Living Bird Magazine
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The hot, rocky hillsides of the Southwest can look inhospitable on a baking summer day, but they’re exactly the kind of place Rufous-crowned Sparrows call home. These bulky, long-tailed sparrows forage on the ground beneath sparse shrubs and grasses. These are attractive sparrows with reddish toned upperparts and neat gray underparts, accentuated by a white eyering and a white malar or whisker stripe on the face. Males sing a short, jumbled song with a bubbly quality that recalls a House Wren.More ID Info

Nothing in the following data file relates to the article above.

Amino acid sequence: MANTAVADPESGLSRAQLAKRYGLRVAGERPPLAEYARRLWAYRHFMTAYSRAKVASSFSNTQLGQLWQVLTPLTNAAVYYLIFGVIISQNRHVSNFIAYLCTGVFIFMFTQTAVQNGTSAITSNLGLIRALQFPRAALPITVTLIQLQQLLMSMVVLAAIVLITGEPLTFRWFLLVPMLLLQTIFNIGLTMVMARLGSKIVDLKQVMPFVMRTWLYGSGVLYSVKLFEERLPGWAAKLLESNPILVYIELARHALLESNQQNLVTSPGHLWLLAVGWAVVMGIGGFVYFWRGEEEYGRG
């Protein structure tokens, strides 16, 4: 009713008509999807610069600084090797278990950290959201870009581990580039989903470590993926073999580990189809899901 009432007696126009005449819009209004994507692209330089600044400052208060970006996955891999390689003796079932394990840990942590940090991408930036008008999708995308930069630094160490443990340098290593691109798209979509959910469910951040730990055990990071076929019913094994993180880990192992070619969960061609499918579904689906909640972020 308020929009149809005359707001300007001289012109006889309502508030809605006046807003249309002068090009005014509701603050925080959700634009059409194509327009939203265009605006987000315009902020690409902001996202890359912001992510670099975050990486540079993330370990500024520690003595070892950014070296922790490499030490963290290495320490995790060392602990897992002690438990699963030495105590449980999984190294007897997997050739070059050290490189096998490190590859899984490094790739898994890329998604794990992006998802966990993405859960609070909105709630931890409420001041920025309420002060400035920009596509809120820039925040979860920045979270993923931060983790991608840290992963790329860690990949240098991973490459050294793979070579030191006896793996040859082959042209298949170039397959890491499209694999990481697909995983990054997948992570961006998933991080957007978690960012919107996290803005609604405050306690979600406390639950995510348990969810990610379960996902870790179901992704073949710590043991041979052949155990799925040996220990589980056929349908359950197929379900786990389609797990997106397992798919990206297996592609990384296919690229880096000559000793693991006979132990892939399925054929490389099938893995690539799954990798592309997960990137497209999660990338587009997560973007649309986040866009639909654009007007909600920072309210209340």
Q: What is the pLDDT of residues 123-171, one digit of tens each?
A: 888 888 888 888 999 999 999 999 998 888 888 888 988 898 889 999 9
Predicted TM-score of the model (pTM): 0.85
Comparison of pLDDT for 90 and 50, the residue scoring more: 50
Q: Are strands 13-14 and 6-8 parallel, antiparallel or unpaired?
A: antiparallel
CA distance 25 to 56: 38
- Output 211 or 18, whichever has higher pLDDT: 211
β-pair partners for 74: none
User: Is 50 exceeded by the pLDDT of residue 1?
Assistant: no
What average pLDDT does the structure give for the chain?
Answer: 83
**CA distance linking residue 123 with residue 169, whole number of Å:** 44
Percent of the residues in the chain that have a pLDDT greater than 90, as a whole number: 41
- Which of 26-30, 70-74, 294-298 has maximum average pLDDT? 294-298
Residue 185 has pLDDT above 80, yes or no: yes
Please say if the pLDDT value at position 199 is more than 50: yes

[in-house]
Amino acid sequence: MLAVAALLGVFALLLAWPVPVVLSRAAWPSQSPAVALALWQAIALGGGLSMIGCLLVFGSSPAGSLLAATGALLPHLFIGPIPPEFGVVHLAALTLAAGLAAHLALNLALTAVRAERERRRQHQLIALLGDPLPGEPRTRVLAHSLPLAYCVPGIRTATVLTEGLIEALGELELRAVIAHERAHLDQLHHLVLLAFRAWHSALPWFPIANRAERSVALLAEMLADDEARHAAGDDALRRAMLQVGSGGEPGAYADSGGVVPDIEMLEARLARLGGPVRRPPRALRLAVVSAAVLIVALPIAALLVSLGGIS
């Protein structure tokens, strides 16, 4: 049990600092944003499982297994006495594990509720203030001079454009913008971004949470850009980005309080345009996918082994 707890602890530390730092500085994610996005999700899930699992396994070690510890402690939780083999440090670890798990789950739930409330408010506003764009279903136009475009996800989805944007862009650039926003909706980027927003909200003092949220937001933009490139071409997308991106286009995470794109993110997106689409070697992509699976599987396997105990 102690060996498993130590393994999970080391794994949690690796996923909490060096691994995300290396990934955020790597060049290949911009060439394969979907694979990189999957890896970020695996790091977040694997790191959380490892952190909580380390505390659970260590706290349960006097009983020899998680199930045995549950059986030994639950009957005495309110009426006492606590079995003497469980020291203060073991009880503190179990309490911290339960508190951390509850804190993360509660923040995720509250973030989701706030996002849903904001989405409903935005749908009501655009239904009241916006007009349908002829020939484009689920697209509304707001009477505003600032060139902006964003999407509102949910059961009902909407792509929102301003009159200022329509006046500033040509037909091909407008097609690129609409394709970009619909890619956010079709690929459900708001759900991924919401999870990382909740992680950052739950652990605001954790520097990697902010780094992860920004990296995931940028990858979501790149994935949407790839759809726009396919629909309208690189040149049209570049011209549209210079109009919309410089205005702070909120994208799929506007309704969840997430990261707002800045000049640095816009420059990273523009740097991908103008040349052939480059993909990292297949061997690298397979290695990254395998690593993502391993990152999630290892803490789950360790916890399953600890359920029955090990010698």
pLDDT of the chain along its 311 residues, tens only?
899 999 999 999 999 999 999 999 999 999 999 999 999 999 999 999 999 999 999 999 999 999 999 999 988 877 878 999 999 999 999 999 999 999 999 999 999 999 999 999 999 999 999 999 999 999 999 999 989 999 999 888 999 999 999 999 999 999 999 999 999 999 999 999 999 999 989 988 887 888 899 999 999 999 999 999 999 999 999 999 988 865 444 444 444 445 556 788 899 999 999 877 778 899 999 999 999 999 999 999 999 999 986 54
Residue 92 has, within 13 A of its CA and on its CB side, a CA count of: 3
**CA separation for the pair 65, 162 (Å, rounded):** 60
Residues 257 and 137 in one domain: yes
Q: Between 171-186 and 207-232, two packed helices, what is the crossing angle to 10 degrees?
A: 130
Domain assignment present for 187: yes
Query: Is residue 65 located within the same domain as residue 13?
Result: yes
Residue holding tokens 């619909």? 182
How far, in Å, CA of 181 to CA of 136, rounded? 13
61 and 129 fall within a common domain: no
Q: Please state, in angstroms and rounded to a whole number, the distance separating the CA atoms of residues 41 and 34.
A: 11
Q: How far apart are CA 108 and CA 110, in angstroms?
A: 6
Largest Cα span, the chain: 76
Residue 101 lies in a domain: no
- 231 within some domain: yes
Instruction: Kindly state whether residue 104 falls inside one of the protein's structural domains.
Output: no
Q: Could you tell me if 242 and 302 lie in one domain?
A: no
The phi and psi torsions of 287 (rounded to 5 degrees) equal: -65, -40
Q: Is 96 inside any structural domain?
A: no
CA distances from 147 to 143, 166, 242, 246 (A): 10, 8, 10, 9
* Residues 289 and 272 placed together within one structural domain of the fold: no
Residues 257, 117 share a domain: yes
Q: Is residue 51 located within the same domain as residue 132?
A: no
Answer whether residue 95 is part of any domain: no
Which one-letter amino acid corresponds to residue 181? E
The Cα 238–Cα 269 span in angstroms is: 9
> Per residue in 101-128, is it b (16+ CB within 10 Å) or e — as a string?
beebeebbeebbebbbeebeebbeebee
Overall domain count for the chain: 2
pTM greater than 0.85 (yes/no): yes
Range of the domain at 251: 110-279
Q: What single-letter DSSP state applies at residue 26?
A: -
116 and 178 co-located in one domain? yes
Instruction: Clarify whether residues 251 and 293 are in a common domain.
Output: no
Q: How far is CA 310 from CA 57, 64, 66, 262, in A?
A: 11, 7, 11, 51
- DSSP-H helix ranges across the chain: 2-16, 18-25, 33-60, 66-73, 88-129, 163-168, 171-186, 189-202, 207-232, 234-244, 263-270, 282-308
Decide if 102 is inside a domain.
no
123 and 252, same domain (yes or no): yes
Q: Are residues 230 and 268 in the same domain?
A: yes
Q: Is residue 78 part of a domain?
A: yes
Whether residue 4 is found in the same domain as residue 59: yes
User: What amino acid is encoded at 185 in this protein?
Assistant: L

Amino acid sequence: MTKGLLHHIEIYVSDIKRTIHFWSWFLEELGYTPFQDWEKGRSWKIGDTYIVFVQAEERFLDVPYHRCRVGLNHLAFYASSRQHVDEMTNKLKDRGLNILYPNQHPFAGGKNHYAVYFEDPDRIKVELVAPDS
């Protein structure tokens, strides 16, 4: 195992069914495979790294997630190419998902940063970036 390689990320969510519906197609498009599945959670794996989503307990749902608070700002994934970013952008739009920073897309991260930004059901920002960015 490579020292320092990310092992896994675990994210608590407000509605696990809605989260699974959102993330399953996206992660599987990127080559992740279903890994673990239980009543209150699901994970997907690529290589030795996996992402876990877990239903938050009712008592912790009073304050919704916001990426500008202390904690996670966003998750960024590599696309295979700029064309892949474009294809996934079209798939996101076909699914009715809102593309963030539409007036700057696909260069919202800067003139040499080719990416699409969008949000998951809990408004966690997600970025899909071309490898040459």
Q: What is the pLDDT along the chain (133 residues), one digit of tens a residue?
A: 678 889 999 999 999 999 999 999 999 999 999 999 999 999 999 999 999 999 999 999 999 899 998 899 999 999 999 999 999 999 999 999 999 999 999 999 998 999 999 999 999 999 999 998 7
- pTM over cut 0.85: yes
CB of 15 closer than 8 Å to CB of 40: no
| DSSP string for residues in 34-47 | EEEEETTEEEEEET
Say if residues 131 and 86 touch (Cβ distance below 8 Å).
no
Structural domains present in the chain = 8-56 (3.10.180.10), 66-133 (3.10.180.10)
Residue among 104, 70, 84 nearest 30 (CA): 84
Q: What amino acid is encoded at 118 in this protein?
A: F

Rufous-crowned Sparrows are habitat specialists, so the first step in finding them is to find a dry, rocky hillside with shrub cover that is not too dense. These birds tend to stay hidden and close to the ground except when singing, so you’ll have best results if you try during spring or early summer when males will be singing in the early morning from exposed perches. At other times of year you’ll need to be patient and keep a distance as you wait for foraging sparrows to move into open spaces between shrubs or patches of grass.